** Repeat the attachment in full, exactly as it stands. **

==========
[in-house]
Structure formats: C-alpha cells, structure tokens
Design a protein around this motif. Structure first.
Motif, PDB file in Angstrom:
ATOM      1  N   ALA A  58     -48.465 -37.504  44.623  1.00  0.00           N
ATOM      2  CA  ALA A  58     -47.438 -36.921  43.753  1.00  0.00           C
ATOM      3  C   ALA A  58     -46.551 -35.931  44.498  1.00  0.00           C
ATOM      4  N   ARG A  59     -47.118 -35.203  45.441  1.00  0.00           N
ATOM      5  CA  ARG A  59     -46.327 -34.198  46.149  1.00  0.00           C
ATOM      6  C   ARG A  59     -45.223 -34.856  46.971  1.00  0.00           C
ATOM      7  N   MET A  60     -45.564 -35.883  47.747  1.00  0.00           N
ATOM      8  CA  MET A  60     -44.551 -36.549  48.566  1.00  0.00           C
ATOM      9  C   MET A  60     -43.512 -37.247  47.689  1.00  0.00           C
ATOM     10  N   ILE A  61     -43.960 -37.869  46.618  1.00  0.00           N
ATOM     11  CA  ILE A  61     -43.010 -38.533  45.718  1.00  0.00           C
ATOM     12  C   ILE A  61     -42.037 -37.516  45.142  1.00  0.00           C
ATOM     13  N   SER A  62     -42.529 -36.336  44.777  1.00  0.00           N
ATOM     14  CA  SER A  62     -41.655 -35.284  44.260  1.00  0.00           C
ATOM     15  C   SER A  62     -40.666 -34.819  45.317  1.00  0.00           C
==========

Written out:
[in-house]
Structure formats: C-alpha cells, structure tokens
Design a protein around this motif. Structure first.
Motif, PDB file in Angstrom:
ATOM      1  N   ALA A  58     -48.465 -37.504  44.623  1.00  0.00           N
ATOM      2  CA  ALA A  58     -47.438 -36.921  43.753  1.00  0.00           C
ATOM      3  C   ALA A  58     -46.551 -35.931  44.498  1.00  0.00           C
ATOM      4  N   ARG A  59     -47.118 -35.203  45.441  1.00  0.00           N
ATOM      5  CA  ARG A  59     -46.327 -34.198  46.149  1.00  0.00           C
ATOM      6  C   ARG A  59     -45.223 -34.856  46.971  1.00  0.00           C
ATOM      7  N   MET A  60     -45.564 -35.883  47.747  1.00  0.00           N
ATOM      8  CA  MET A  60     -44.551 -36.549  48.566  1.00  0.00           C
ATOM      9  C   MET A  60     -43.512 -37.247  47.689  1.00  0.00           C
ATOM     10  N   ILE A  61     -43.960 -37.869  46.618  1.00  0.00           N
ATOM     11  CA  ILE A  61     -43.010 -38.533  45.718  1.00  0.00           C
ATOM     12  C   ILE A  61     -42.037 -37.516  45.142  1.00  0.00           C
ATOM     13  N   SER A  62     -42.529 -36.336  44.777  1.00  0.00           N
ATOM     14  CA  SER A  62     -41.655 -35.284  44.260  1.00  0.00           C
ATOM     15  C   SER A  62     -40.666 -34.819  45.317  1.00  0.00           C